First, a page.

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As I understand, the patient was in hospital for 3 days (at least, I'm not sure of the actual timescale as reports have varied) with a dying foetus and with her waters broken.

Once the waters break, the chance of infection apparently skyrocket. At that point, the responsible medical response to preserve the life of the mother would have been abortion. To do nothing was to play russian roulette with her life. And, thanks to the hospital's gambling, Savita lost.

keep to the Fen Causeway

by Helen (lareinagal at yahoo dot co dot uk) on Wed Nov 21st, 2012 at 08:31:09 AM EST
It apparently depends on the timeline. An abortion after infection has set in would do nothing for her and might increase the risk. An abortion before any indications of infection could have reduced the risk - and, I agree with you, I think that is most likely what happened here because I don't see any reports of her presenting with a high temperature, for instance, on admission.

Index of Frank's Diaries
by Frank Schnittger (mail Frankschnittger at hot male dotty communists) on Wed Nov 21st, 2012 at 08:39:51 AM EST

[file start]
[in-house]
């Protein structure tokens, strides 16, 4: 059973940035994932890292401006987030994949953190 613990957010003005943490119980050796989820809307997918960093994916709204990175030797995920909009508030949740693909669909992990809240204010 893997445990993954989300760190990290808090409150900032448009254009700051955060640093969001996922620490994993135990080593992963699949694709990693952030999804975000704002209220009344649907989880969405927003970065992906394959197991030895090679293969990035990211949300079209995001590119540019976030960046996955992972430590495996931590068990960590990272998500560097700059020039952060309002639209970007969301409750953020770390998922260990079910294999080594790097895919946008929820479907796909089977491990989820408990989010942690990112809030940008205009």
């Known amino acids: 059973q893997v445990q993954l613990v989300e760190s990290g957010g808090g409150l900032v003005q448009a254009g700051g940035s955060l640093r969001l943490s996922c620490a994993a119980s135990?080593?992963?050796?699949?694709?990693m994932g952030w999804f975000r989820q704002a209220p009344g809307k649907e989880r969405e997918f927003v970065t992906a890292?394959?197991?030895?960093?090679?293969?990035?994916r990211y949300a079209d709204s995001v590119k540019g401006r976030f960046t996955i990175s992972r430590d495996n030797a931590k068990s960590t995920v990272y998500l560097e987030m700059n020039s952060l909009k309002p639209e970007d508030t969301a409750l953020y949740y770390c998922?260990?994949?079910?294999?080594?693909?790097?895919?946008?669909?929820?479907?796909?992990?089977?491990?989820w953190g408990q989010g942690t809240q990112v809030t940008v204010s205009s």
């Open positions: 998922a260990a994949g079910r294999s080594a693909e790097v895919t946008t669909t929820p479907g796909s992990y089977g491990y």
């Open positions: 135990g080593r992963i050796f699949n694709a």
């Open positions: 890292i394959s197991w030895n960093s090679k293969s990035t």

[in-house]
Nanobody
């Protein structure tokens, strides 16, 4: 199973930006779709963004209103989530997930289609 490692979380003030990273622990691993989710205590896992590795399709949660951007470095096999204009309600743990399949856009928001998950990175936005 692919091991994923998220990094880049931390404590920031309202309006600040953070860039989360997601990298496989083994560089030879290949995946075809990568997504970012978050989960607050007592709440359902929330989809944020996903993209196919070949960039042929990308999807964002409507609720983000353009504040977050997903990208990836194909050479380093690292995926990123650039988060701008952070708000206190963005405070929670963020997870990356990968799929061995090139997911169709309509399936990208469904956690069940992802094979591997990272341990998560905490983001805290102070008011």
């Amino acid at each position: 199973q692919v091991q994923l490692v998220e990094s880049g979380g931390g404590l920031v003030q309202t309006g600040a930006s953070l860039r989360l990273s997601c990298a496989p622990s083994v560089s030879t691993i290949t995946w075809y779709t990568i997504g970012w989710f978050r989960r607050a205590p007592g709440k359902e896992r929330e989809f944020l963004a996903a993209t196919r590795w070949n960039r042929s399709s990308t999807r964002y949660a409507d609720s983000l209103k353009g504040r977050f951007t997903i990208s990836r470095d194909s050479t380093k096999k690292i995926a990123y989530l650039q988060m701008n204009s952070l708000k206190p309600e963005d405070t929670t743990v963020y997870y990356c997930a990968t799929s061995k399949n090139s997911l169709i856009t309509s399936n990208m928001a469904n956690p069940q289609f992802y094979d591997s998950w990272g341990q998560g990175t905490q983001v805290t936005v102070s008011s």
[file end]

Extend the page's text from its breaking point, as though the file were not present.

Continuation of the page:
[ Parent ]
There are many different methods of abortion, and I would be surprised if all of them would have increased her risk.

It seems undisputed that the hospital didn't cite medical reasons when they refused the abortion. They didn't say it would have increased her risk or something. They cited ideological/legal reasons. The Catholic country stuff.

Obviously the staff thought their risk of being prosecuted (or of having to answer nasty questions) was higher if they carried out an abortion. It is important to make sure that this is shifted, and that the staff becomes aware that refusing an abortion is an equally (at least) high risk, if there aren't compelling reasons for this refusal, which should be documented.

by Katrin on Wed Nov 21st, 2012 at 09:00:29 AM EST
[ Parent ]


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